Everyone is responding differently to this crisis. Let’s learn how others are coping with their new status as Artists in Residence.

 

A little bit about this video:

I have known Natalya for quite some time now and I love her “architecturally inspired” artwork and the unique materials that she uses. In this interview, Natalya talks about the changes in her routines and side gigs due to the pandemic, her commissioned Home Portrait artworks for clients that involve the use of personal and meaningful ephemera, and the challenge of more unusual commissions. Natalya also describes how her love of cities influences her chosen subject matter, the reasons behind her use of plastic bags, an unfortunately interrupted post as a visiting artist at a local school, and how mask making helped her emotionally handle the crisis. She also shares a sneak peek of a large project she is currently working on and insightful glimpses of her process and studio.

You can learn more about Natalya here on her website: https://www.artbynatalya.com and here on instagram: https://www.instagram.com/artbynatalya/

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Artist in Residence – Interview with Grant Hardeway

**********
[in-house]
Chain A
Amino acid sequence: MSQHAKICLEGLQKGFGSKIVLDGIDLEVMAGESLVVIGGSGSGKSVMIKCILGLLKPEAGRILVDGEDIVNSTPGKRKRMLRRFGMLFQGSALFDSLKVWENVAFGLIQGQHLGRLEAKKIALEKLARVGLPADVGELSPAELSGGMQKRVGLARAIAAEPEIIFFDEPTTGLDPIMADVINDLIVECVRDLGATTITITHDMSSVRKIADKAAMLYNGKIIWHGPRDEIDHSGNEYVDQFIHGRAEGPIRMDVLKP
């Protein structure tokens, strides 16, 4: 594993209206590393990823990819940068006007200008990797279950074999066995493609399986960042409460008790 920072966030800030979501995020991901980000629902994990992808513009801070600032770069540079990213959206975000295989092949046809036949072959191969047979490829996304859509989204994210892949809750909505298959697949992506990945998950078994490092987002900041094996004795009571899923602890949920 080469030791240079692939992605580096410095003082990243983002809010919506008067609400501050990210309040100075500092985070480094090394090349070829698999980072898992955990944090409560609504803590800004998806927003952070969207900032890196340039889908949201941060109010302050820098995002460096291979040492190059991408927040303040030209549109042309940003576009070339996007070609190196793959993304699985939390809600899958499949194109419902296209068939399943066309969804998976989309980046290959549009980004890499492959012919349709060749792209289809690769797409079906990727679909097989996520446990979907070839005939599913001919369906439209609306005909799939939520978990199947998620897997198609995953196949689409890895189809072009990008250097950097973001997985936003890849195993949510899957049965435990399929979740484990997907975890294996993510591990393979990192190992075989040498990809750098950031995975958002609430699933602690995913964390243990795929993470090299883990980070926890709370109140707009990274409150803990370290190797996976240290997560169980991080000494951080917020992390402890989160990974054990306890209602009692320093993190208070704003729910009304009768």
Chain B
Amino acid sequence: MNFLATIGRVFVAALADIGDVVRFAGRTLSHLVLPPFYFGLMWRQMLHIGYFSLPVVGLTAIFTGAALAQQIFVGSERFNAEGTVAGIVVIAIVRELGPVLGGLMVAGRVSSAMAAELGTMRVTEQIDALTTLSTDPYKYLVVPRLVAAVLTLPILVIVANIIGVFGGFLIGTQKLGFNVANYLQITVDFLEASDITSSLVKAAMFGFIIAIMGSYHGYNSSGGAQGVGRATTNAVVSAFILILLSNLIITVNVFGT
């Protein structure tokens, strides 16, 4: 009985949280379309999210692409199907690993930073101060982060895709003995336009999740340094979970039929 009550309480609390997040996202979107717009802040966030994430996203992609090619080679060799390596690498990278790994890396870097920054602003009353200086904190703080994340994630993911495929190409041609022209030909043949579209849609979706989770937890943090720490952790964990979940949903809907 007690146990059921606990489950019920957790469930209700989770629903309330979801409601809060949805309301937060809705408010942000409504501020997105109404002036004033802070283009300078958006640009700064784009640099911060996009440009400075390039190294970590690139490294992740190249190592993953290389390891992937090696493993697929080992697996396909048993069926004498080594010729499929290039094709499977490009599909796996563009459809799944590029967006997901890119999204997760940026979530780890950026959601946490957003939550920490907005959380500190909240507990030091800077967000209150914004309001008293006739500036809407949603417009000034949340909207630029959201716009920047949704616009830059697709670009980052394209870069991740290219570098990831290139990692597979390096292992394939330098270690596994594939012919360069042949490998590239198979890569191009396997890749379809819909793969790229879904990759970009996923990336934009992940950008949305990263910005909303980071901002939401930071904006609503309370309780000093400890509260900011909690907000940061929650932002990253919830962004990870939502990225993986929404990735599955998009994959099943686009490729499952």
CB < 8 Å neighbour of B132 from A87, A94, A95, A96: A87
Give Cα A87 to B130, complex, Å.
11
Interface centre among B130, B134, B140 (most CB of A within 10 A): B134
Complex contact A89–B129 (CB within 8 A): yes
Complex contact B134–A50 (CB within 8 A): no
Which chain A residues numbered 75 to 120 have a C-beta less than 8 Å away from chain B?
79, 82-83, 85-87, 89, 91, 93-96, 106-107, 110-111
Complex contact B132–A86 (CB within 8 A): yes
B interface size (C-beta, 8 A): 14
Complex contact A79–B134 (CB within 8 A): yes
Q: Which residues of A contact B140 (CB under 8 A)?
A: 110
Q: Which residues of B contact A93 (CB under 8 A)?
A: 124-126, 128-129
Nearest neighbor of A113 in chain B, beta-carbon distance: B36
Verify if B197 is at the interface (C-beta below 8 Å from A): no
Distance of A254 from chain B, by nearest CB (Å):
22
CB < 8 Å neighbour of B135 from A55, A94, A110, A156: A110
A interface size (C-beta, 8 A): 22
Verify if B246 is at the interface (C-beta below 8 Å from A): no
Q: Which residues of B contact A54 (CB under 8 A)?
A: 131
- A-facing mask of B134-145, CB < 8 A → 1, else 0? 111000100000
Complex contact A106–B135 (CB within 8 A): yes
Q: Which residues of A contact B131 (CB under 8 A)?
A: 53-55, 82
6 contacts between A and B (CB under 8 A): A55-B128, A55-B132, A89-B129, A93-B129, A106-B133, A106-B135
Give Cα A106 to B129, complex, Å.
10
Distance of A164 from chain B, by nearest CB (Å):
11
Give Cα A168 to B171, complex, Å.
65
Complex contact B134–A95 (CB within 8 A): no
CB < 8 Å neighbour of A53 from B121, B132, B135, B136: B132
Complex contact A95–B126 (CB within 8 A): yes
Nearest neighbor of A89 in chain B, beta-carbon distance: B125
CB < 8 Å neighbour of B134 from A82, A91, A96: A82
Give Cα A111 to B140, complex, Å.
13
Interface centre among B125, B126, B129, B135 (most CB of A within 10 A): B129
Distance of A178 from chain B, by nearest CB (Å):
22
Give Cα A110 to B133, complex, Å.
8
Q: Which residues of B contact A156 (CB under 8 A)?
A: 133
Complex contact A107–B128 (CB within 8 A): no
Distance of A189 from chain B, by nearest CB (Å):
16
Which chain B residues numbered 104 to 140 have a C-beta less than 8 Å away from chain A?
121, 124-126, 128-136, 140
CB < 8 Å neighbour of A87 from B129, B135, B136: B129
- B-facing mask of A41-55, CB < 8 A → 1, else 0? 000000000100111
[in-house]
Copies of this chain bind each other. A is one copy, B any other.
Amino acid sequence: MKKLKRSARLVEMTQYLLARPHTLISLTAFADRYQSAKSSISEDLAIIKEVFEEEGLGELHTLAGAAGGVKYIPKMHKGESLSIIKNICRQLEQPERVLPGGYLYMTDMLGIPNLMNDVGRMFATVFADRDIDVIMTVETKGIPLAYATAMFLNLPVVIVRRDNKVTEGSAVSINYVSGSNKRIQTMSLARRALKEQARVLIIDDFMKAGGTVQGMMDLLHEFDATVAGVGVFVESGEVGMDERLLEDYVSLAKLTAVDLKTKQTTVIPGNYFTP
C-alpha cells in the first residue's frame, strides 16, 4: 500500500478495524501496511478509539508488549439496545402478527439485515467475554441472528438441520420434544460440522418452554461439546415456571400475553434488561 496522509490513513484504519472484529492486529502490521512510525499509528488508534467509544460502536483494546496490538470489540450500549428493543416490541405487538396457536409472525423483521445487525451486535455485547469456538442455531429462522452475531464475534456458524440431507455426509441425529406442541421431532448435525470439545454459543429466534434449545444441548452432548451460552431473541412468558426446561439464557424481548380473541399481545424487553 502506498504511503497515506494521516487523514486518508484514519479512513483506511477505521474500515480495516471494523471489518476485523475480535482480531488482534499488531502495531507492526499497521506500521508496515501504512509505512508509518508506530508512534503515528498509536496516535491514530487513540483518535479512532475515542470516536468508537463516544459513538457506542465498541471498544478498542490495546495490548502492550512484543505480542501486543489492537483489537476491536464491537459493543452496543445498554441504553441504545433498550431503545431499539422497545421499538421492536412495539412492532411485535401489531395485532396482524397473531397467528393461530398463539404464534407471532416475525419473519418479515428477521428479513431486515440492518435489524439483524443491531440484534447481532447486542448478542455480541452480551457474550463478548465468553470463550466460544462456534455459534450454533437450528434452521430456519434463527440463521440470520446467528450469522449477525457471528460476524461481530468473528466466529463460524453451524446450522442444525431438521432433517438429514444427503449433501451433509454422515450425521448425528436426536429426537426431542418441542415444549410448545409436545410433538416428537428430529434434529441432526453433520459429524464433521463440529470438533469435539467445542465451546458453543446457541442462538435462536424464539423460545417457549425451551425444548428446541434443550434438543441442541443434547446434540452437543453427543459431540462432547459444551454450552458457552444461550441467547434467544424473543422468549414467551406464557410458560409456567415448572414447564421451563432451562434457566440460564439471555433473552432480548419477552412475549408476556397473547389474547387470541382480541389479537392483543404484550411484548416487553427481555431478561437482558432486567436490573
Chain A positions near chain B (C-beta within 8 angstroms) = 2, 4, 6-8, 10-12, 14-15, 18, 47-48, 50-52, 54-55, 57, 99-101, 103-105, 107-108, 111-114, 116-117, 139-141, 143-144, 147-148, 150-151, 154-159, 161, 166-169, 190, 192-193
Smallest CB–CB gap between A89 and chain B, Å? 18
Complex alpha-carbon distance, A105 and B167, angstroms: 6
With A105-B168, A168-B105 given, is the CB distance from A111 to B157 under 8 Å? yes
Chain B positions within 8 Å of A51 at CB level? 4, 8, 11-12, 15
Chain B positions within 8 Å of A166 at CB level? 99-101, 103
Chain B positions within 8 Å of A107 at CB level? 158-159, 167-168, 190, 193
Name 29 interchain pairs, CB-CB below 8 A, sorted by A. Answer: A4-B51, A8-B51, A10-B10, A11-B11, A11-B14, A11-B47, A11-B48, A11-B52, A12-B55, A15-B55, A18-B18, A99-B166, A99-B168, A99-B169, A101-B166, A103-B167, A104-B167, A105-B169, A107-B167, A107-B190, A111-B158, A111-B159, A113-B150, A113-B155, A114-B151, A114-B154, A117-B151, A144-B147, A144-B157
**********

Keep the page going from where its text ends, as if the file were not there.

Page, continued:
Today I am sharing an interview I did with Jersey City writer and photographer Grant Hardeway. This is a new interview series I am calling Artist in Residence.

I heard this great quote on the web recently: “On the bright side, I am no longer calling this shelter-in-place. I am now an artist-in-residence.” It got me thinking about how times of adversity and challenge are often what inspire action and creation for us artists.

I decided to seek out some peers whom I admire and ask them how they are using this time to be working artists. What has changed for them? Where are they finding room to create at home if they previously worked in an offsite studio, out-of-doors, or are now sharing a home studio with other working-from-home family members? What are they creating now – is it influenced by the current situation or on a similar path as before? Are they feeling called to action or struggling to create?

Everyone is responding differently to this crisis. Let’s learn how others are coping with their new status as Artists in Residence.

 

A little bit about this video: Grant Hardeway is a photographer who lives and works in Jersey City, and whose work I found on instagram. In this interview Grant discusses his earliest artistic project (an art class stunt that turned out pretty successful), the importance of intention when he’s photographing the world, and his reluctance to call himself a photographer. He talks about using both film and digital, his love of composition and light, and the power of photos to evoke a mood or feeling and a memory of another time and place. We discuss the duty that artists have to document life (especially during crisis times like today) and also the importance of slowing down and being more aware of life. Grant is a very thoughtful person and I absolutely loved speaking with him. I hope you enjoy!

You can learn more about Grant and see his gorgeous work at: https://www.instagram.com/digital_taxidermy/